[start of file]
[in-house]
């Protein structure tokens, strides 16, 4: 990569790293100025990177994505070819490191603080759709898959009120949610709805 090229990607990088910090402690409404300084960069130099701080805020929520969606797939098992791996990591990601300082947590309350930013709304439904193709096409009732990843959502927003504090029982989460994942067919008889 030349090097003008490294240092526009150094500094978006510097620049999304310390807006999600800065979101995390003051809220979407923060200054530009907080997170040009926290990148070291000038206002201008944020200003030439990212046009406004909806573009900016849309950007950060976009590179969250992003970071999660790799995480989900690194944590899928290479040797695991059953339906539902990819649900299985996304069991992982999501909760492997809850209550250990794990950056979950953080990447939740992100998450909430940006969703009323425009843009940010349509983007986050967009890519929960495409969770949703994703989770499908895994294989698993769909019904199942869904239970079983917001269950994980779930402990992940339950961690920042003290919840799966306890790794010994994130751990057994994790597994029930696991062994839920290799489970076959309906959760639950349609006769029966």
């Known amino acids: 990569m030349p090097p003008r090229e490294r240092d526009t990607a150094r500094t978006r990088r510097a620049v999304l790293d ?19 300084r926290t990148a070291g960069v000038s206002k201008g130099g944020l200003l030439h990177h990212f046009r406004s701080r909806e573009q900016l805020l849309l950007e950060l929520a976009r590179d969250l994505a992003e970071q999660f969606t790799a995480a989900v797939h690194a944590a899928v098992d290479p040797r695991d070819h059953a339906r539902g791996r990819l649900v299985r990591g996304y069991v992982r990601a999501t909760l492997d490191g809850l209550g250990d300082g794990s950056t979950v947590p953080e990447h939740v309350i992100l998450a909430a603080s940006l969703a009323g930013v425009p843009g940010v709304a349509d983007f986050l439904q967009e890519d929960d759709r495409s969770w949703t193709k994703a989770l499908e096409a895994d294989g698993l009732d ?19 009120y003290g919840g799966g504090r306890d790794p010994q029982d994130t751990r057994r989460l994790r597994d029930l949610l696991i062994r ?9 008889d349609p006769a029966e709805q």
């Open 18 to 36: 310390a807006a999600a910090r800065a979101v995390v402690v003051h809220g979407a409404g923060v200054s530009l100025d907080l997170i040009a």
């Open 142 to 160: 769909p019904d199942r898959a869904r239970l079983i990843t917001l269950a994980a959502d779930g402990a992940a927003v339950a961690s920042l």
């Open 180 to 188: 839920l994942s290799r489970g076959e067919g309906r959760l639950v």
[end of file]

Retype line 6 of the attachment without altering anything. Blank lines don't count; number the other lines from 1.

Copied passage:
């Open 180 to 188: 839920l994942s290799r489970g076959e067919g309906r959760l639950v």